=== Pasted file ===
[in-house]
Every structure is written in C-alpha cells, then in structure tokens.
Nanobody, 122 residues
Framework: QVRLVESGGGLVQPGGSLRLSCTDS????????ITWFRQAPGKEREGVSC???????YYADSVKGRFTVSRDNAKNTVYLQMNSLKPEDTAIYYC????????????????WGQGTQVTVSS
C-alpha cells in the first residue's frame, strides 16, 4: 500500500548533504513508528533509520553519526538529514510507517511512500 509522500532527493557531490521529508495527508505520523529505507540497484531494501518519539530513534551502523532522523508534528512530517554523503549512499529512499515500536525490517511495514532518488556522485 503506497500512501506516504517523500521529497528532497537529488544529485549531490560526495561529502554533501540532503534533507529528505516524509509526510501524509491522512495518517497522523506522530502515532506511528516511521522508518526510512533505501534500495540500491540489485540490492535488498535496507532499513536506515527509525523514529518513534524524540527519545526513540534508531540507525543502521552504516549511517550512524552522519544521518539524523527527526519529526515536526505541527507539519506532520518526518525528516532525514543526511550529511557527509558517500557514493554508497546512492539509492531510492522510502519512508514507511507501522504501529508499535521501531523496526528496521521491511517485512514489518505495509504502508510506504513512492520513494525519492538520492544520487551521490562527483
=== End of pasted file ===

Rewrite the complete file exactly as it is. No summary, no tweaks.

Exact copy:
[in-house]
Every structure is written in C-alpha cells, then in structure tokens.
Nanobody, 122 residues
Framework: QVRLVESGGGLVQPGGSLRLSCTDS????????ITWFRQAPGKEREGVSC???????YYADSVKGRFTVSRDNAKNTVYLQMNSLKPEDTAIYYC????????????????WGQGTQVTVSS
C-alpha cells in the first residue's frame, strides 16, 4: 500500500548533504513508528533509520553519526538529514510507517511512500 509522500532527493557531490521529508495527508505520523529505507540497484531494501518519539530513534551502523532522523508534528512530517554523503549512499529512499515500536525490517511495514532518488556522485 503506497500512501506516504517523500521529497528532497537529488544529485549531490560526495561529502554533501540532503534533507529528505516524509509526510501524509491522512495518517497522523506522530502515532506511528516511521522508518526510512533505501534500495540500491540489485540490492535488498535496507532499513536506515527509525523514529518513534524524540527519545526513540534508531540507525543502521552504516549511517550512524552522519544521518539524523527527526519529526515536526505541527507539519506532520518526518525528516532525514543526511550529511557527509558517500557514493554508497546512492539509492531510492522510502519512508514507511507501522504501529508499535521501531523496526528496521521491511517485512514489518505495509504502508510506504513512492520513494525519492538520492544520487551521490562527483